This volume examines the relationship between trade liberalization policies and income inequality in developing countries. Using survey data for 54 developing countries, the book explores the potential trade-off between the gains from trade and the distribution of those gains and provides a quantification of the inequality-adjusted welfare gains from trade.
The book begins with an introduction to the model and its methodology. Chapter 2 sets up the model and derives the formulas for the welfare eﬀects of trade policy. Chapter 3 uses the tariﬀ data and the survey data to estimate those welfare eﬀects in 54 countries. Chapter 4 discusses the gains from trade and their distribution. Chapter 5 evaluates and quantiﬁes the trade-oﬀ between income gains and inequality costs of trade. Chapter 6 presents robustness tests and results from alternative models of the impacts of trade. The last chapter reviews the Household Impacts of Trade database and dashboard, which provides data for replication and a platform that allows researchers to simulate agricultural tariﬀ policy shocks.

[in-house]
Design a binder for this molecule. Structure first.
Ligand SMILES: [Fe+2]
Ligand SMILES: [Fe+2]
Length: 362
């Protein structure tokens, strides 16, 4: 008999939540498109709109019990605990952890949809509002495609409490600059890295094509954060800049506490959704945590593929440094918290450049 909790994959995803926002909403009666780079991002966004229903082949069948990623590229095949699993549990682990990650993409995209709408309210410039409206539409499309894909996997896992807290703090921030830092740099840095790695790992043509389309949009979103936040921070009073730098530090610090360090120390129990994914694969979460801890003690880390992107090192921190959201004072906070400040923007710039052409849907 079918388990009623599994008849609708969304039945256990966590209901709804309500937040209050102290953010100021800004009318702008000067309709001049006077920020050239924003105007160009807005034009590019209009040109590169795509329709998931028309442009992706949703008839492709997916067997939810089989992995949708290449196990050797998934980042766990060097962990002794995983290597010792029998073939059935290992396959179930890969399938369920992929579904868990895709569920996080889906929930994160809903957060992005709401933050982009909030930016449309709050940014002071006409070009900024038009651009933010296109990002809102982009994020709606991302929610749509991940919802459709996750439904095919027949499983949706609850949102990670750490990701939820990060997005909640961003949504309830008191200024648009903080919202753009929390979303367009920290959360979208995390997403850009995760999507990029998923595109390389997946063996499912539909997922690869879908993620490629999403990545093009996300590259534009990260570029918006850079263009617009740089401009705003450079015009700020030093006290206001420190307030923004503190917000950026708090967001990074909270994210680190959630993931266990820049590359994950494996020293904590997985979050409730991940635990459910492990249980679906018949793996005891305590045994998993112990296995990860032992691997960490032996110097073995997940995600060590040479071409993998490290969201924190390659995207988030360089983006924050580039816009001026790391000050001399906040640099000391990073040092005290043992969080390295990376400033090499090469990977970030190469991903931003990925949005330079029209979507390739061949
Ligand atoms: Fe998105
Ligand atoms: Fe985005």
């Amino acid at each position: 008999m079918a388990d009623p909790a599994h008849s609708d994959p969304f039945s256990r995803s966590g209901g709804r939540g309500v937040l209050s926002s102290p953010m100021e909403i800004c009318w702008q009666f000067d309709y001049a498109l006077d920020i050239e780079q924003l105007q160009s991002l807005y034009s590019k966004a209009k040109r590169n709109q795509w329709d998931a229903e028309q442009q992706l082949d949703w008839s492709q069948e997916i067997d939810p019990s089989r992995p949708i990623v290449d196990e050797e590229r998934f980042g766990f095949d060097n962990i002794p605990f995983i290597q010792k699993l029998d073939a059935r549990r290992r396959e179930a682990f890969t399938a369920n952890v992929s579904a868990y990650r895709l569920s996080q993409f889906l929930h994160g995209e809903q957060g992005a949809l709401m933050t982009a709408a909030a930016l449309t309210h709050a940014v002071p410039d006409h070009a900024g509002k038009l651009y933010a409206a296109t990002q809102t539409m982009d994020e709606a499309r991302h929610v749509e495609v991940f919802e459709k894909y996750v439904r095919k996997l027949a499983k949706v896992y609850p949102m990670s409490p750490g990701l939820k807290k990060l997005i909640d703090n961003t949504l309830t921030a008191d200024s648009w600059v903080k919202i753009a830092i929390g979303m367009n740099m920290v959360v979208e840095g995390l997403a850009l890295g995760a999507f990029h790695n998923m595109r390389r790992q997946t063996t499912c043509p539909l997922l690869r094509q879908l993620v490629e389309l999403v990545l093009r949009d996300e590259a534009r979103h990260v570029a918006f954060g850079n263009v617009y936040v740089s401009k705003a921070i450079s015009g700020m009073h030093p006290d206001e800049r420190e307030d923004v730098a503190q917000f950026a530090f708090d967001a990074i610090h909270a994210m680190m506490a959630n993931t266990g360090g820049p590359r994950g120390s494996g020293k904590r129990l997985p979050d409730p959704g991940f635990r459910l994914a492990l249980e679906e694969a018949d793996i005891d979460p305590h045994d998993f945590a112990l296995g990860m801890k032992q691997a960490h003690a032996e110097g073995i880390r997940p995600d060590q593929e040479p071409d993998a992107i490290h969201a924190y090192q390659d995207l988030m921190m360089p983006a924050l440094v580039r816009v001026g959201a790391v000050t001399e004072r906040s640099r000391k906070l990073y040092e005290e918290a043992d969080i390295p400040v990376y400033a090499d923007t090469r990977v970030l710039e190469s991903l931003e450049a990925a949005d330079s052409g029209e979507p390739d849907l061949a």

Providing a comprehensive empirical analysis of the effects of trade policy on inequality in developing countries, this volume will be of interest to researchers and students of economic inequality, development, and international trade as well as policymakers interested in the inequality and poverty consequences of trade policy.